CALL ME MOMMY– TARA O’CALLAGHAN’S ODE TO SEX-WORKERS AND MOTHERHOOD
Possibly the ultimate antithesis, the word “Mommy” elicits two stark connotations. Either the maternal protector or the Matriarch figure with an X-Rated twist, “Call Me Mommy” seeks out to explore how these two female archetypes can co-exist in a modern day Ireland.
Fresh off of premiering at one of the most respected oscar qualifying festivals in Krakow, Tara O’Callaghan’s unapologetic documentary “Call me Mommy” is whipping the asses of award season goers this summer. Recently also taking home the prize of best Short Documentary at this years Gallway Film Fleadh, this evocative and raw portrayal of Irish Sex Worker Sinead Connell (@sincitymilfoffical) is leaving its mark, now a contender for best short at this years Oscars.
“I’d love to be in a magazine, love to doing porn modelling, love to be in playboy. I don’t regret one single thing in my life at all.” -Sinead Connell
With Onlyfans and online sex work booming post-lockdown, the Sex industry is over saturated and more accesible than ever. Irish director Tara O’Callaghan set out to open up discourse around this still heavily critiqued line of work, placing the spotlight on the women involved away from their online personas. Represented by Dublin-based production company ‘MOTHERLAND’, rising star O’Callaghan’s knack for presenting the human condition transcends the format of regular documentary filmmaking, forcing the viewer to take a hard look at a gritty reality, far removed from stereotypes around the sex industry. After 2 years of interviewing and collating footage of SW’ers across Ireland, it was hearing the story of single mother Sinead Connell that gripped O’Callaghan, resulting in her becoming the film’s sole protagonist.
Within 15 minutes, we get a swift yet impactful glimpse into the daily routine of Sinead’s life. Balancing motherhood, battling social perceptions and navigating failed abusive relationships, all while staying at the top of her professional game in an industry tailored to tight-bodied, 20-somethings. But underneath the flurry of sex toys, lingerie and fake lashes, “Call me Mommy” is less of a commentary on sex work, and more of a look-behind-the-curtain of the pressures of multifaceted womanhood in a society coinciding female sexual autonomy and enterprise with bad mothering and undesirability. Yet Connell’s emotional accounts of surviving domestic abuse, facing the death of her mother and becoming essentially a social pariah in a landscape steeped in Catholicism hasn’t left her jaded. Donning her almost trademark-able black bangs and pink fluffy coat, she juggles her own mommy issues while nurturing her younger counterparts. In a glossy scene we see Sinead and a harem of scantily clad, baby sex workers, amongst a wall of ring lights and live-streaming iPhones creating content and performing for the cameras. The girls jovially call her “mommy” while she helps buckle them into leather chokers, spanking them with a heart shaped riding crop, yet the viewer is left feeling more a sense of comradery and almost sisterhood amongst the women opposed to the hyper-sexualised facade or persona they’re acting out. In communities ostracising female sex workers it is no wonder that they form their own chosen families, congregating around matriarchal figures like Sinead.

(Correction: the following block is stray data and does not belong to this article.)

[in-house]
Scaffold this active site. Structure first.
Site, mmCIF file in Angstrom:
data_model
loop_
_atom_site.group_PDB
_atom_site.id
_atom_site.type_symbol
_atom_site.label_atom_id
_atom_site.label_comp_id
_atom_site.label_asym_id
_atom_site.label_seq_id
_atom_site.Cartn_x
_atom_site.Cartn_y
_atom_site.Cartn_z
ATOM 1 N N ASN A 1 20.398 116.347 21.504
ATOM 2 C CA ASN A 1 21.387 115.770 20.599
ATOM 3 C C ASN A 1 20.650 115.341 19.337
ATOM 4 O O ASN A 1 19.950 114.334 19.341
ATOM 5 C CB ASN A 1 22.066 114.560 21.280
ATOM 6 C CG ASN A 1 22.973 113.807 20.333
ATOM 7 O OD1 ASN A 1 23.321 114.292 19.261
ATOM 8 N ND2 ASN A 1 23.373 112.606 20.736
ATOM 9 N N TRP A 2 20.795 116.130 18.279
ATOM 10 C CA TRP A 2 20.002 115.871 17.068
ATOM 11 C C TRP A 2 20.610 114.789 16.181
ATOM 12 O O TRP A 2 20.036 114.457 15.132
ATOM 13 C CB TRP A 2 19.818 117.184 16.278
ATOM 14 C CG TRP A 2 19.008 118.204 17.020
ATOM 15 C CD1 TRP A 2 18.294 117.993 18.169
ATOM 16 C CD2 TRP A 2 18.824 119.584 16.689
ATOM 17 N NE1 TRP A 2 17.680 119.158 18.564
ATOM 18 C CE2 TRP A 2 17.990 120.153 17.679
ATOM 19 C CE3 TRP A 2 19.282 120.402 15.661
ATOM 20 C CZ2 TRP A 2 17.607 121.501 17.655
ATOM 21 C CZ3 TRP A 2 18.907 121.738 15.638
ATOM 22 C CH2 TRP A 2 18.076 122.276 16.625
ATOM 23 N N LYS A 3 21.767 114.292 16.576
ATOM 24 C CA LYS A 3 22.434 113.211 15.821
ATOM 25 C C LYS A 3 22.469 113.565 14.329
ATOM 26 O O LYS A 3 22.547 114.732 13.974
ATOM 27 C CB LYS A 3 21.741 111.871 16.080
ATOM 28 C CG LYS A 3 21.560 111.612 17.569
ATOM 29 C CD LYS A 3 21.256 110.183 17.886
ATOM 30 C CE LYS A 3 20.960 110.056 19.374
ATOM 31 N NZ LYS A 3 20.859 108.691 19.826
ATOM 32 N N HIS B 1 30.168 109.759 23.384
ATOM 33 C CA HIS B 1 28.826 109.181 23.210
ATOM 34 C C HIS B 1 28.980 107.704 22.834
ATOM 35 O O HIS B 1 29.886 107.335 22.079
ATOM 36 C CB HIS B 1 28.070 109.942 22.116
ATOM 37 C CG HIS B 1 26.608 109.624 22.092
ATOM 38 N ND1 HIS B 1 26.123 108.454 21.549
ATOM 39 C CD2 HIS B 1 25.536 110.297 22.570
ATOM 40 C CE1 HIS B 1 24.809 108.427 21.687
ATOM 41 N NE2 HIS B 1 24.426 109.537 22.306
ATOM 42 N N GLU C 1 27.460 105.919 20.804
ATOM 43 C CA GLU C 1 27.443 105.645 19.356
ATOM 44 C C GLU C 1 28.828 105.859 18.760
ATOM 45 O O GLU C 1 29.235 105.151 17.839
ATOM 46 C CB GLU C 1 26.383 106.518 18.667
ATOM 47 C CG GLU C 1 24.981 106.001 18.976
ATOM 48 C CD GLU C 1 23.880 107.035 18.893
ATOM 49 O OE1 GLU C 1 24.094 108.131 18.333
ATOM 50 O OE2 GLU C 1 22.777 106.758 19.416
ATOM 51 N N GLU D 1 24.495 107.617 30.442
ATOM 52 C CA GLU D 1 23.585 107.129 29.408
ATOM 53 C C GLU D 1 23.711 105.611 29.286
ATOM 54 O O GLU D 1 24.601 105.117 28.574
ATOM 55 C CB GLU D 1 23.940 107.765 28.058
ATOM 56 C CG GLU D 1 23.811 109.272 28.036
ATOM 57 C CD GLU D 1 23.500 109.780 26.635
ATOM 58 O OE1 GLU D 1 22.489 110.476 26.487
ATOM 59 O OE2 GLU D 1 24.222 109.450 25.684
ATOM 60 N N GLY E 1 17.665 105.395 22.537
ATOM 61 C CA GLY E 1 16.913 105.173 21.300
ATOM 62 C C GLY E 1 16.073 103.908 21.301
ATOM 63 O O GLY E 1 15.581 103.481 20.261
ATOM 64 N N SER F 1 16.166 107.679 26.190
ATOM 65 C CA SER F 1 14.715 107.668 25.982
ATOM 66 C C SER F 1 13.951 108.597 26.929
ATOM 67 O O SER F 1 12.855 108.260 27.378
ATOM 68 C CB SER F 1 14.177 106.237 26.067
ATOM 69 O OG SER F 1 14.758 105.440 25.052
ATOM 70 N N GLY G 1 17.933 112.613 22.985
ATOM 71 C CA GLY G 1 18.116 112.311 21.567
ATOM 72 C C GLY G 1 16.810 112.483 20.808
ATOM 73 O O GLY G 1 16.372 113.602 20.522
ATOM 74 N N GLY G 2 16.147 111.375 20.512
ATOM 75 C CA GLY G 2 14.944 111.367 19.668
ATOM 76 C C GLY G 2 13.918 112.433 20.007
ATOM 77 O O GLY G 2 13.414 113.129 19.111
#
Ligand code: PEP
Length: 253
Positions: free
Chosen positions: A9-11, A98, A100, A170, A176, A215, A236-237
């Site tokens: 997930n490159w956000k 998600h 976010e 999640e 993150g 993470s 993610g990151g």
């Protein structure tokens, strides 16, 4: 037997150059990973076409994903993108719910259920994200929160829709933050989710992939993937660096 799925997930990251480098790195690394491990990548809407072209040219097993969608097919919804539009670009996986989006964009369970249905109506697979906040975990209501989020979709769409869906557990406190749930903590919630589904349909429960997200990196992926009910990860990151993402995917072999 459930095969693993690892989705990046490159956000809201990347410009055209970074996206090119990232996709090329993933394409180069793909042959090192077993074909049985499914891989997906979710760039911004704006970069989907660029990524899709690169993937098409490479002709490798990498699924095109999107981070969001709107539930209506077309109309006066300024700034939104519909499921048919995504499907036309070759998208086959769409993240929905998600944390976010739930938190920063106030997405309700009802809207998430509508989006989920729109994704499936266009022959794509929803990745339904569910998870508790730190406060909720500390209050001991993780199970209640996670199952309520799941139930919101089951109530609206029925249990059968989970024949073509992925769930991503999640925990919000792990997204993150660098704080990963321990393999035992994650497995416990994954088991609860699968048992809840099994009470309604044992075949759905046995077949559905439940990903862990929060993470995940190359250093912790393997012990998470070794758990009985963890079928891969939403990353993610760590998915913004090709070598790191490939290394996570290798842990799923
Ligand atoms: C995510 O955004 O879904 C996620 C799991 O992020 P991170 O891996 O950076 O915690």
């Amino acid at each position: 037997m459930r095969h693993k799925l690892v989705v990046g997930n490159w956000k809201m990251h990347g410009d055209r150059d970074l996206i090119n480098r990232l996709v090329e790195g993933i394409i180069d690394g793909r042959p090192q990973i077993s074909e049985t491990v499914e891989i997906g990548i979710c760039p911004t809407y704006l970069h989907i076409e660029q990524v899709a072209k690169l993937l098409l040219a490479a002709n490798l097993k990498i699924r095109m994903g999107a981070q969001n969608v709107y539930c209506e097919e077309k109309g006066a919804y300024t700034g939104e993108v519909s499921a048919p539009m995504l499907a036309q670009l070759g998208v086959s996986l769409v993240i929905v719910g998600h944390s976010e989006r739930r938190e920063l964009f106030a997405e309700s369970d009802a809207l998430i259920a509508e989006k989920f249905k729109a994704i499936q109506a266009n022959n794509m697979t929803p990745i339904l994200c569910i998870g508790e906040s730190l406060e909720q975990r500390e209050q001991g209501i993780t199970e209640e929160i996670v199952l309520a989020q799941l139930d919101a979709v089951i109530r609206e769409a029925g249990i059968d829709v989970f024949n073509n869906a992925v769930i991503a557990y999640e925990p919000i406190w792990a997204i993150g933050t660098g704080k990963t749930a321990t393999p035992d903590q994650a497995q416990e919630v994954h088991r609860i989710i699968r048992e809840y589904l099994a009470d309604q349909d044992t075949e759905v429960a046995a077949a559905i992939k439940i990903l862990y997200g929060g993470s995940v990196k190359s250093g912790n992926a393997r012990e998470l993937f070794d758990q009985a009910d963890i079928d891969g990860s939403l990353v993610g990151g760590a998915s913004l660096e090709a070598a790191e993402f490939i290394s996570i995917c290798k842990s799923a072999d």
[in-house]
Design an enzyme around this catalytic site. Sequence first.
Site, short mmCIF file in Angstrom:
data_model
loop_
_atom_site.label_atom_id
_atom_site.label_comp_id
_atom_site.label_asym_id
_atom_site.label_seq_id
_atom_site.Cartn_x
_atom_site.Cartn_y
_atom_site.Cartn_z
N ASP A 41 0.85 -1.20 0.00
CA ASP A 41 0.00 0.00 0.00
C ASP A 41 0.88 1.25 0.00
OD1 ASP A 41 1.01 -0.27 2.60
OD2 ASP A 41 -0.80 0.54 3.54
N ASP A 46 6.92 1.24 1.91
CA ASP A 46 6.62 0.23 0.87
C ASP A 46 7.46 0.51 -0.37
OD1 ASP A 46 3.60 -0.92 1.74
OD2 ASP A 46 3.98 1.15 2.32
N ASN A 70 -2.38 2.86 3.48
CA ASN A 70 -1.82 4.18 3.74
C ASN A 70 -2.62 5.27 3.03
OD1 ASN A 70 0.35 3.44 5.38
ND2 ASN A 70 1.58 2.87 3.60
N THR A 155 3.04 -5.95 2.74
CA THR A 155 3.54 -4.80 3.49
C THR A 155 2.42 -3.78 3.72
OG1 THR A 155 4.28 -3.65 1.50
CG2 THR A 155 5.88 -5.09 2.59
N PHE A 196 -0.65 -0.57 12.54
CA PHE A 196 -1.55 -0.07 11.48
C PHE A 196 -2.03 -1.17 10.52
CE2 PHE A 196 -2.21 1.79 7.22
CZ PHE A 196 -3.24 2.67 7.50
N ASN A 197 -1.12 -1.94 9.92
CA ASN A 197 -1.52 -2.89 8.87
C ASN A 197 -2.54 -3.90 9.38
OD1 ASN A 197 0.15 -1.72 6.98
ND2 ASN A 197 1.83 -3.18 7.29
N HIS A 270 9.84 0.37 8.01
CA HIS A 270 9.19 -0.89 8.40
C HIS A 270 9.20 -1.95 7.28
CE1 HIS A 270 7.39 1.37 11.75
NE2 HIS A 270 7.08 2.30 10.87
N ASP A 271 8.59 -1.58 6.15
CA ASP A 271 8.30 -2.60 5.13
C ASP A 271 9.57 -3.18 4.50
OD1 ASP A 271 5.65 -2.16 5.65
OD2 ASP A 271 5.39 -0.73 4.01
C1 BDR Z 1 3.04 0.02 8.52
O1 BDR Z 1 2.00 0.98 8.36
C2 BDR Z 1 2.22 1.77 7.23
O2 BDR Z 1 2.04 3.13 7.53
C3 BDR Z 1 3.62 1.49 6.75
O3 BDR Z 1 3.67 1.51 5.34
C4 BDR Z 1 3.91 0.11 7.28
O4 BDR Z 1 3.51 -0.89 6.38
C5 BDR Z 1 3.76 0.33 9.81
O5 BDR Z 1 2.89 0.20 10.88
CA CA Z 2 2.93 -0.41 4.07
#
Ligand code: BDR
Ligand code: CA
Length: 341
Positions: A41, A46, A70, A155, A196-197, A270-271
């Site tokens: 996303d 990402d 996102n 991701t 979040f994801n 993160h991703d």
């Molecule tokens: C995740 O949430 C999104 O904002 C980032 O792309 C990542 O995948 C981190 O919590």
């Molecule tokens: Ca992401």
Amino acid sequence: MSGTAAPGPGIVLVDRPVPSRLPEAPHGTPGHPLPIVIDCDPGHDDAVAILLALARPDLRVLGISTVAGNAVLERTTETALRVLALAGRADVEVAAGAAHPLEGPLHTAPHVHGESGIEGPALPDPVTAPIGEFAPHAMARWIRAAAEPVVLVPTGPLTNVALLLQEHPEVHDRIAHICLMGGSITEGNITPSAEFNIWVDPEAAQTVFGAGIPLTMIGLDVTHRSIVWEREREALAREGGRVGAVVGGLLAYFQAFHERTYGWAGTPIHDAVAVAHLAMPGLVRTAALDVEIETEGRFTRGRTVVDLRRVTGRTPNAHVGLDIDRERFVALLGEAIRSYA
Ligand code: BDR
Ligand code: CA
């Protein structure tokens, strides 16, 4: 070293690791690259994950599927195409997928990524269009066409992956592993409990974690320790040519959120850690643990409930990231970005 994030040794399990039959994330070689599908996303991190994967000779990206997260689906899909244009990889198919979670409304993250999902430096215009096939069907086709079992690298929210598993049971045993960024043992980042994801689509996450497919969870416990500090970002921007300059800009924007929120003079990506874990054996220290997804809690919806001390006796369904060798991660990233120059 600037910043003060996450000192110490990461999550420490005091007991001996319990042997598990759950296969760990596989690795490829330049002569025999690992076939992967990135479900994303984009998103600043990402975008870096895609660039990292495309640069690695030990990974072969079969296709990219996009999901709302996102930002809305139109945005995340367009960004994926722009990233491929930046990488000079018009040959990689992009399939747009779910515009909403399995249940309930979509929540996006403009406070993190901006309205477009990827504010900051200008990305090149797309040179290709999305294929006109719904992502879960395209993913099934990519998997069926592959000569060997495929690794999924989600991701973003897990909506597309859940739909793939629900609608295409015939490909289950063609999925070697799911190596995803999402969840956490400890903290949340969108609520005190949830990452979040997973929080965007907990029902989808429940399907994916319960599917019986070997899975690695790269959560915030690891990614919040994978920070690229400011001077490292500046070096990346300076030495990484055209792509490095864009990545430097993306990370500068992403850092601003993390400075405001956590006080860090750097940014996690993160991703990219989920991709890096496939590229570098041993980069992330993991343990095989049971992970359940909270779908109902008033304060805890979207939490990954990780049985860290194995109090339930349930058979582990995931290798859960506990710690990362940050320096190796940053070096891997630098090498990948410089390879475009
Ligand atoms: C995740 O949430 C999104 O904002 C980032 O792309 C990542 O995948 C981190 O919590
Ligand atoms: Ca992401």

“My kids have not been affected in the slightest. Which is like so funny because that’s like the whole reason why my whole family stopped speaking to me. It does affect you I’m not gunna lie.” -Sinead Connell
O’Callaghan expertly dissects and navigates her way through Sinead’s tumultuous story-telling, presenting a character arc surprisingly not of the damsel in distress but one of the survivor. Visually rich/raw scenes coinciding with Sineads narration depict nurture and almost ceremonial preparation, highlighting the director’s surrealist flare. Set against a progression of lullaby chimes to almost liturgical bells, we see multiple frames of demonstrative maternity. Amongst the shots of dog walking, hair braiding and client interactions O’Callaghan solidifies Sinead’s duality as ‘Mommy’.
Tara O’Callaghan’s ‘Call Me Mommy’ is a testament to alt-feminist filmaking, a demonstration of self-governing and reclamation of ones own trajectory. Sinead Connell is a phoenix from the ashes. The camera pans out to a stoic, hyper-glam Connell (whip in hand), standing amongst a ring of fire, her voice-over ominously recites the closing lines to famed Irish hymn ‘A Mothers Love is a Blessing’.
“Love her as in childhood,
When feeble, old and grey,
For you’ll never miss a mother’s love
’til she’s buried beneath the clay.” – Recited by Sinead Connell
Call Me Mommy will be screening in The Bernard Shaw in Dublin on September 15th follow @Callmemommyfilm for more updates.
Words by Adam Last